Role of LHX3 Protein Isoforms in Pituitary Development

Project: Research project

Description

DESCRIPTION (provided by applicant): The anterior lobe of the pituitary releases hormones that are critical for developmental and physiological functions. During embryogenesis, the actions of transcription factors govern the establishment of the hormone-secreting pituitary cell lineages. Heritable mutations in these regulatory genes cause combined pituitary hormone deficiency diseases in children. However, the molecular defects involved in the majority of pituitary disorders remain unknown. LHX3, a LIM homeodomain transcription factor, is essential for pituitary development and function. Although mutations in the human LHX3 gene cause a severe endocrine disease that features compound hormone deficiencies, the biochemical mechanism by which the LHX3 gene exerts its critical functions is not understood. The human LHX3 gene encodes protein isoforms with distinct expression patterns and gene regulatory activities. These isoforms are LHX3a, LHX3b, and a novel protein, M2-LHX3. To test the hypothesis that the human LHX3 gene produces isoforms with unique functions in pituitary development, the protein domains required for the function of the LHX3 isoforms will be characterized and partner proteins that mediate or modulate LHX3 activity by interacting with these domains will be identified. The functions of the LHX3a, LHX3b, and M2-LHX3 proteins will be analyzed by overexpressing each isoform in specific pituitary cell types during development in transgenic mice. In addition, the transcriptional mechanisms that generate the human LHX3a and LHX3b transcripts will be determined using in vitro and transgenic animal approaches. Further, to test the in vivo functions of LHX3a and LHX3b, gene-targeting techniques will be used to selectively prevent their individual expression in mice. These experiments will provide an increased understanding of the genetic pathways that control pituitary organogenesis and will, therefore, improve our ability to treat pituitary disease. Identified proteins and gene regulatory regions will provide candidates for pituitary diseases of unknown etiology. Finally, these studies will demonstrate how single genes can produce protein isoforms with different activities, providing an example of how mammals have evolved mechanisms to increase the proteome-encoding capacity of their genomes.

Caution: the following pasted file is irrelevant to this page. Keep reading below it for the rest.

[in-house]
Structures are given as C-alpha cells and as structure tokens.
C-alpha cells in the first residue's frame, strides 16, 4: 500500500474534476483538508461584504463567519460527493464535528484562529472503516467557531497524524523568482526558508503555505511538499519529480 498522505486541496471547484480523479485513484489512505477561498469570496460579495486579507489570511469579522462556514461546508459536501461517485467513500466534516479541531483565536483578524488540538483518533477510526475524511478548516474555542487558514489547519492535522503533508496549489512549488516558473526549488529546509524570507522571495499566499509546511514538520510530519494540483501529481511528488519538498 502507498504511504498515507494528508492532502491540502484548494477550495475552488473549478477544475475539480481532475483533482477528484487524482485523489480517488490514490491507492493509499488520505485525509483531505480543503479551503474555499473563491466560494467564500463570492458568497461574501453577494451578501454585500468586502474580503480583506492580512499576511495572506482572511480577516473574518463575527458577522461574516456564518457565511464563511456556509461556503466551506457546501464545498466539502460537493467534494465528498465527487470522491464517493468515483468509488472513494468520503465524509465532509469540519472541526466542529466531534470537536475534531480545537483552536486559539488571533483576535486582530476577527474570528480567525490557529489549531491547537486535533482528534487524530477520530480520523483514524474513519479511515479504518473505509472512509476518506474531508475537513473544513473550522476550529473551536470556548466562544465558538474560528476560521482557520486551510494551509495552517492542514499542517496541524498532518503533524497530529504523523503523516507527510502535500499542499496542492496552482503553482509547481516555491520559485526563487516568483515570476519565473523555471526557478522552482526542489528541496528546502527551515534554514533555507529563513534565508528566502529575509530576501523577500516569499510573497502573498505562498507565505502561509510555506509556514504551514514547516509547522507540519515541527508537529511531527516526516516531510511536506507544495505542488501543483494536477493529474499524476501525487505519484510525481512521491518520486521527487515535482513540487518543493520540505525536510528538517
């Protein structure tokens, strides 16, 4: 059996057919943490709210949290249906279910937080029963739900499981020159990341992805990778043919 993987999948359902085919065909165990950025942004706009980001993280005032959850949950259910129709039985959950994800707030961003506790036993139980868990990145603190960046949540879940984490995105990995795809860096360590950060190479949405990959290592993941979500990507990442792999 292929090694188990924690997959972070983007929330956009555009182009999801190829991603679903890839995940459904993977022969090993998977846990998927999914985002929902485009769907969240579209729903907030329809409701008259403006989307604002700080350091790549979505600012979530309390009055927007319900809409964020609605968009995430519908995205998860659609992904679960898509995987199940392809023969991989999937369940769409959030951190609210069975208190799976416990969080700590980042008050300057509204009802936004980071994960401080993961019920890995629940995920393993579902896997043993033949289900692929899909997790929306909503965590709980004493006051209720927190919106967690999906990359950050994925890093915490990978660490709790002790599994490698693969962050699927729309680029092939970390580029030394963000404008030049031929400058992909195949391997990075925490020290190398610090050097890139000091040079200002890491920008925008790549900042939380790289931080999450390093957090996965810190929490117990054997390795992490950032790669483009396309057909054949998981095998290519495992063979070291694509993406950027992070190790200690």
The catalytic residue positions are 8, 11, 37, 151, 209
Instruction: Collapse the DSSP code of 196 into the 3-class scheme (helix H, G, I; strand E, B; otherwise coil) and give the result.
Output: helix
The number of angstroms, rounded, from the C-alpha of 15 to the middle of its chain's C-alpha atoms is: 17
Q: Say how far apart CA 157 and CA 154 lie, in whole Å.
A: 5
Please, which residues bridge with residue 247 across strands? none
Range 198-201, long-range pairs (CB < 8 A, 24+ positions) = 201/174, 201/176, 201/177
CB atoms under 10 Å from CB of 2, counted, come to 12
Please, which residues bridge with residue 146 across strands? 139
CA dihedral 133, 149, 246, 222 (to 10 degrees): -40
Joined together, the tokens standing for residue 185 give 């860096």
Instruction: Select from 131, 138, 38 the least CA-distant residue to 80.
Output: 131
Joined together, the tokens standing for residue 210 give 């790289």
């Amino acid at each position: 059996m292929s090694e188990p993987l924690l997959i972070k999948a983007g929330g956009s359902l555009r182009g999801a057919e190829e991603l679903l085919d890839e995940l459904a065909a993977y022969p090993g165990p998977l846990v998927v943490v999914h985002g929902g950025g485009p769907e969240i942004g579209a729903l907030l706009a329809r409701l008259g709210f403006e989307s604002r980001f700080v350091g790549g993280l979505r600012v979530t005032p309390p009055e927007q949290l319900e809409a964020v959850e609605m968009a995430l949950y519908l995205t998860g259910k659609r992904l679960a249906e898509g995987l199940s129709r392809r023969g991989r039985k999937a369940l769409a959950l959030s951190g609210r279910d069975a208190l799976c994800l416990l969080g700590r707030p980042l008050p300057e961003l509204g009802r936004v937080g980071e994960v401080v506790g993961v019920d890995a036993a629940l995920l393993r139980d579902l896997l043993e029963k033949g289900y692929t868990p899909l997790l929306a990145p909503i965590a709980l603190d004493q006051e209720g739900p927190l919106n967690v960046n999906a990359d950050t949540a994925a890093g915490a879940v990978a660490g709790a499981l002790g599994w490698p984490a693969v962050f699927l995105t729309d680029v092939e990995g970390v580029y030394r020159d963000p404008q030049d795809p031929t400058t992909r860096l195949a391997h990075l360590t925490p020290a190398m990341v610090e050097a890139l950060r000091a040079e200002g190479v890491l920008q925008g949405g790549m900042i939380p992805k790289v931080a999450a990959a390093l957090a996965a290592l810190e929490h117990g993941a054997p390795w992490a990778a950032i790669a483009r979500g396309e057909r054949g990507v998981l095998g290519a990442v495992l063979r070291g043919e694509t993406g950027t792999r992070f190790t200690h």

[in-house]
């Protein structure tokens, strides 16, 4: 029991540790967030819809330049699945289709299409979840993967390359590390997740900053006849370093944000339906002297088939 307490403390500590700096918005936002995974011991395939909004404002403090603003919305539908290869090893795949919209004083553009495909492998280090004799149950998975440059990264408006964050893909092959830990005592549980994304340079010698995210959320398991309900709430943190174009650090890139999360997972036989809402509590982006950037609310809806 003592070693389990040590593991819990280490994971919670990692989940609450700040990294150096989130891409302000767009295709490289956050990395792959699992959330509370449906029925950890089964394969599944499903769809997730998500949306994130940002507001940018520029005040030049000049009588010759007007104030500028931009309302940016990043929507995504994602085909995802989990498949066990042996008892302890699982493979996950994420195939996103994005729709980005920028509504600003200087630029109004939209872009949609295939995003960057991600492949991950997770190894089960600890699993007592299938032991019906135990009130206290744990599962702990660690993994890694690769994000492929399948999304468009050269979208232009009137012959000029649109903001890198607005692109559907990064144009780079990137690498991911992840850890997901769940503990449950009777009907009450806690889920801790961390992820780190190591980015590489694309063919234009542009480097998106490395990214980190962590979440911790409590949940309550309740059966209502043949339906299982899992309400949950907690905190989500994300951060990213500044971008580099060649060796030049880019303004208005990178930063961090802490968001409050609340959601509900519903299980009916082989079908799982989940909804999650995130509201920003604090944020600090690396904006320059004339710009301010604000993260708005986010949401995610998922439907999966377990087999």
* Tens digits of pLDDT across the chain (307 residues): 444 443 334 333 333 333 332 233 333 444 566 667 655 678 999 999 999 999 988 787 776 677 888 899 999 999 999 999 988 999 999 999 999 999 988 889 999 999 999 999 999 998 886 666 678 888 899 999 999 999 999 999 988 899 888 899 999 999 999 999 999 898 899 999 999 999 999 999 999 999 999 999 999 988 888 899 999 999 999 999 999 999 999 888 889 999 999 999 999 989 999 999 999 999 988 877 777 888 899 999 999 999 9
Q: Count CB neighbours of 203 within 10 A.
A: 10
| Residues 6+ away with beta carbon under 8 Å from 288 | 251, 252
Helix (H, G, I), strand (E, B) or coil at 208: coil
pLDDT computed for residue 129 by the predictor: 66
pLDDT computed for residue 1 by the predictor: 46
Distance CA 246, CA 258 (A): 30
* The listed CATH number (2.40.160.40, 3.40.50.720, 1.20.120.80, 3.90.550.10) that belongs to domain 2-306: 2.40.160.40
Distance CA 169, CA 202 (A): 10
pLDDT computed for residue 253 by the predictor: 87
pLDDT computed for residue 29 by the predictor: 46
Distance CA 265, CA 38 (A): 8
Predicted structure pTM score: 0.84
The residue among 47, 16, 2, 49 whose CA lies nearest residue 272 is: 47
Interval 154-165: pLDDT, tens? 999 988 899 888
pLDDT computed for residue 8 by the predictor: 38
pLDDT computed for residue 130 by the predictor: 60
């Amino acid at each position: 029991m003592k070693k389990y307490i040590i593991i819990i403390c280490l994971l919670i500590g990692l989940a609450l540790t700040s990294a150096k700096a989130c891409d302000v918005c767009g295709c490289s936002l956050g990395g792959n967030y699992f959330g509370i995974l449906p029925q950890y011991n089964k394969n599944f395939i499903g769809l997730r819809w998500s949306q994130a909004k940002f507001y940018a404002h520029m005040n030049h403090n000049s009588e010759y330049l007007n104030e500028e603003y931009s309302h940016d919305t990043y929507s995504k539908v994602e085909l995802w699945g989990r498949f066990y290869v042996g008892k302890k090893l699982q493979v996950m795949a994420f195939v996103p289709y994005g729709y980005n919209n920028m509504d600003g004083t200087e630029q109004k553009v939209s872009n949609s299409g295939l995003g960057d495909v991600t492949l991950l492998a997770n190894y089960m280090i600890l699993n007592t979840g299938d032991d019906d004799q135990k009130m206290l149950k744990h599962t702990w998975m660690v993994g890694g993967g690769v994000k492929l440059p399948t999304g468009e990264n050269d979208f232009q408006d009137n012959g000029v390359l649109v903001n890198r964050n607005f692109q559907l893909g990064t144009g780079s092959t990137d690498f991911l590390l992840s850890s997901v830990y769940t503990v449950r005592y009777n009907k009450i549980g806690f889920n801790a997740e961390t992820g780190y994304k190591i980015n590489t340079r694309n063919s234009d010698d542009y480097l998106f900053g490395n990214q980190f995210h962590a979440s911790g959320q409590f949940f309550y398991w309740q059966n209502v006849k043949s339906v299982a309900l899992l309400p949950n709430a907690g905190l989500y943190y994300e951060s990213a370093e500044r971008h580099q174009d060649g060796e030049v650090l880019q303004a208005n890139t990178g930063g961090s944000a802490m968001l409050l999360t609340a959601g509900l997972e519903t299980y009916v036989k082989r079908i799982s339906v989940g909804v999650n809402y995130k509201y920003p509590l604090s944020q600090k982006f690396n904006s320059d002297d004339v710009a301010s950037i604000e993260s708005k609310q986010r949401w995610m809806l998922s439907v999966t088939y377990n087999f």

StatusFinished
Effective start/end date4/1/0212/31/13

Funding

  • National Institutes of Health: $282,891.00
  • National Institutes of Health: $225,815.00
  • National Institutes of Health: $226,501.00
  • National Institutes of Health: $268,160.00
  • National Institutes of Health: $76,755.00
  • National Institutes of Health: $231,285.00
  • National Institutes of Health: $268,403.00
  • National Institutes of Health: $7,911.00
  • National Institutes of Health: $280,930.00
  • National Institutes of Health: $279,829.00
  • National Institutes of Health: $231,319.00
  • National Institutes of Health: $226,600.00

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Pituitary Diseases
Protein Isoforms
Pituitary Hormones
Deficiency Diseases
Mutation
Proteins
Genes
Human Development
Nervous System
Genetically Modified Animals
Anterior Pituitary Gland
Gene Targeting
Nucleic Acid Regulatory Sequences
Transcription Factors
Embryonic Development
Homeodomain Proteins
Physiological Stress
Peptide Hormones
Genetic Counseling
Hormones

ASJC

  • Medicine(all)